COVID-19 and the widening online information gap

The coronavirus disease 2019 (COVID-19) pandemic, caused by severe acute respiratory syndrome coronavirus 2 (SARS-CoV-2), led to over 229 million infections worldwide and over 4.7 million deaths.

Study: Widening Disparities in Online Information Access during the COVID-19 Pandemic. Image Credit: Vizilla/ ShutterstockStudy: Widening Disparities in Online Information Access during the COVID-19 Pandemic. Image Credit: Vizilla/ Shutterstock

A new study shows that digital access to information inequalities have further increased during this period, inevitably reflecting in health, education, and employment.

A preprint version of the study is available on the medRxiv* server while the article undergoes peer review.

Background

Existing disparities in healthcare access and quality have increased during the pandemic. Access to digital resources has also become important during this time, as social distancing and business closures became part of public health policy. Not only did online engagement become necessary for healthcare, education, work opportunities, and social interactions, but public pandemic-related communications also occurred primarily via the Web.

However, different communities often have varying types and extents of access to online information. Those with lower levels of education are also likely to take more time to adapt to the need to use the Web and understand the information it holds, beginning from childhood up. This compromises their ability to form socially productive and business-related networks.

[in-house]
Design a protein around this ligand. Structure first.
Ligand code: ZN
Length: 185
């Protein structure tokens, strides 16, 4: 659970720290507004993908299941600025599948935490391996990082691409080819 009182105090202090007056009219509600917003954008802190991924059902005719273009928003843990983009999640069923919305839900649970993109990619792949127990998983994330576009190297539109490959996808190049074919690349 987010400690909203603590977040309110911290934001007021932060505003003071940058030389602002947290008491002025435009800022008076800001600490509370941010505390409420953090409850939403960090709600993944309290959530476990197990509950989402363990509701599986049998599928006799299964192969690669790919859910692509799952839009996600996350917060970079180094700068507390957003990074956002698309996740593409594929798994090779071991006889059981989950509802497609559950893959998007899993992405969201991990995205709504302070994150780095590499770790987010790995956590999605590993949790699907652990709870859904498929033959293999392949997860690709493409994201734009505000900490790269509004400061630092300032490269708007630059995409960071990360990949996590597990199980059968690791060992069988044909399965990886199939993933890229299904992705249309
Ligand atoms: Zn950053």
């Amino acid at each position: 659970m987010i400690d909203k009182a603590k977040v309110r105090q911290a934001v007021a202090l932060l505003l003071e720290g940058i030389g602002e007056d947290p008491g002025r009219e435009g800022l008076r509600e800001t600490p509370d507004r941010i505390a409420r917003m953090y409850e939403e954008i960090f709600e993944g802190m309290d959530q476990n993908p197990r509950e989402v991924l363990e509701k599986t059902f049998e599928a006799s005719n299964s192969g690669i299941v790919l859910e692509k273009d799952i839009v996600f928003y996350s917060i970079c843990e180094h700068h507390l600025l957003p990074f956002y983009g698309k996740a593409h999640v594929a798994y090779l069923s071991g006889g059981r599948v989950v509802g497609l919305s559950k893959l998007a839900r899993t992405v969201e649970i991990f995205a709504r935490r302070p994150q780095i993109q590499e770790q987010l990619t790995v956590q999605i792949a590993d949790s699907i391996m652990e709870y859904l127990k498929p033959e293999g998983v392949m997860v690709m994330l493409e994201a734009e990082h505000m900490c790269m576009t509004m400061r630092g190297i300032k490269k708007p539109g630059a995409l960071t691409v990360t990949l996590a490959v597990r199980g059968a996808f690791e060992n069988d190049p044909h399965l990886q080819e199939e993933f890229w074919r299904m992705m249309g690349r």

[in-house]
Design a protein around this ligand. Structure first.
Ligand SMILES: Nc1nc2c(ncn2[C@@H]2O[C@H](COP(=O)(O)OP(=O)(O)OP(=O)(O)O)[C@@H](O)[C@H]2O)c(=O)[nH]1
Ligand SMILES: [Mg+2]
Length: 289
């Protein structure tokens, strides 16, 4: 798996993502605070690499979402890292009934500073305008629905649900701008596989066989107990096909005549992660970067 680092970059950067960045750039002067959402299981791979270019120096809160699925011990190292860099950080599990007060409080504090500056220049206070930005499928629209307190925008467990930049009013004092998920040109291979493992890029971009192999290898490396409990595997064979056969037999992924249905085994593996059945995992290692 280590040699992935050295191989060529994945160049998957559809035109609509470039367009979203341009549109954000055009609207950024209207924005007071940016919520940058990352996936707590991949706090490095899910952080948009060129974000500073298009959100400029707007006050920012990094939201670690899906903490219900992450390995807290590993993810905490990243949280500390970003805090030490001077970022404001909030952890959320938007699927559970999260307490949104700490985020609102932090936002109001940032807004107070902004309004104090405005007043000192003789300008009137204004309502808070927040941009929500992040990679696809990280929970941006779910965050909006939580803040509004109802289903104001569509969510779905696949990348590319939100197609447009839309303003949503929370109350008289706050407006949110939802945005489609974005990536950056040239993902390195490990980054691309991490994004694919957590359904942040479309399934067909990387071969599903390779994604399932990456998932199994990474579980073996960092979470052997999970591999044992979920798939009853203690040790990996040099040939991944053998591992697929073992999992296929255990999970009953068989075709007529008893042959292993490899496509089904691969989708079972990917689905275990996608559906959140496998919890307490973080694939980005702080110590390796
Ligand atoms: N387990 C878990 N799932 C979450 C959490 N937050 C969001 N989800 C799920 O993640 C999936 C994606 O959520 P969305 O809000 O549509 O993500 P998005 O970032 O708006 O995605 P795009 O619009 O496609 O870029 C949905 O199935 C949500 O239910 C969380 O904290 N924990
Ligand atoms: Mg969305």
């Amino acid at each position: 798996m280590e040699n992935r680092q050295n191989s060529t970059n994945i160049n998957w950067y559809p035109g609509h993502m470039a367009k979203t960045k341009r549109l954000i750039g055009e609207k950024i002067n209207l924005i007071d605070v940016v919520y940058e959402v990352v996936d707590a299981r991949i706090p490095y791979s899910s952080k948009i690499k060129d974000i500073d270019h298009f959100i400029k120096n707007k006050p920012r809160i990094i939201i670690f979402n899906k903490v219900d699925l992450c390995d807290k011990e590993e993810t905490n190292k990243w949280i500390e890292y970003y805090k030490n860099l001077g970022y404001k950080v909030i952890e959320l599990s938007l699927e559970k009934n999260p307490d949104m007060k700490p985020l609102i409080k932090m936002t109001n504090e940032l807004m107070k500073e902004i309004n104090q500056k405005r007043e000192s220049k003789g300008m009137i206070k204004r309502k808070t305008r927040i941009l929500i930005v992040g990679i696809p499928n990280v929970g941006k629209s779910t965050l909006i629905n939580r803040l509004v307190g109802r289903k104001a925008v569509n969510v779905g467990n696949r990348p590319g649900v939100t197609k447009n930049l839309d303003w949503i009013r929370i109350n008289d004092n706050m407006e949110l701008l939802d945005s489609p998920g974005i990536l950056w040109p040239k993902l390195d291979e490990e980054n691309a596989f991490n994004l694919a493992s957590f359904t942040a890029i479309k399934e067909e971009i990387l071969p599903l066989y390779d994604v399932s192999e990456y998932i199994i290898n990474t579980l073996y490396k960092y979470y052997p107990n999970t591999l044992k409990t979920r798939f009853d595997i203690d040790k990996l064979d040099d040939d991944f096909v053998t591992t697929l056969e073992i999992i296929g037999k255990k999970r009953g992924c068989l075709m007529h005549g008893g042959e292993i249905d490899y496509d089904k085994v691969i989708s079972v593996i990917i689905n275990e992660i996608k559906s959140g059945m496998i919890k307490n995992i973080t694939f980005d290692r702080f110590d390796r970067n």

Even with equal access to the Web, a higher SES leads to the easy incorporation of many digital resources into daily life and the use of the Web to build more wealth and status, which pushes up their SES still more.

The current study uses search engines to understand how people of different communities showed varying levels of digital involvement, upward or downward, and how far this reflected the social situation.

Why web search logs?

Web search logs are routinely collected while the search engine is used, allowing the data to be examined at near-real-time and large scales. This data sheds light on the way people behave online.

The outcome could help illuminate the barriers which may exist. Such data has already been mined to help understand people's mental, emotional, physical, and economic health in response to the pandemic.

What did the study show?

The researchers explored 55 billion everyday web search interactions during the COVID-19 pandemic across over 25,000 US ZIP codes. They connected each interaction to five areas that determine the health status, as defined by the US Department of Health, through the ZIP code.

The five areas include; Healthcare Access and Quality, Education Access and Quality, Social and Community Context, Economic Stability, and Neighborhood and Built Environment.

This helped them link the degree of change in two ZIP code groups. It reflected the change in the demand for information on jobs or health-related issues or the extent to which online media became an avenue to learning or other resources. They matched ZIP codes by race, ethnicity, and SES to avoid the confounding effects of these important determinants on the outcomes.

Health Information Access

The study shows that lower-income ZIP codes had a smaller increase in online health-related searches, by 200%, though there was an overall increase in both high and low-income communities. Other racial and socioeconomic factors linked to a lower search response included Hispanic composition, population density, unemployment, and counties with a >12% Black population from August onwards.

Economic Assistance Access

Changes in unemployment-related search queries correlated with unemployment claims and show a three-fold higher impact on counties with higher vs. lower Black populations. The searches in this area were over 1,600 percentage points higher for employment-related queries in the former county type and unemployment websites for each state after the expiry of federal benefits.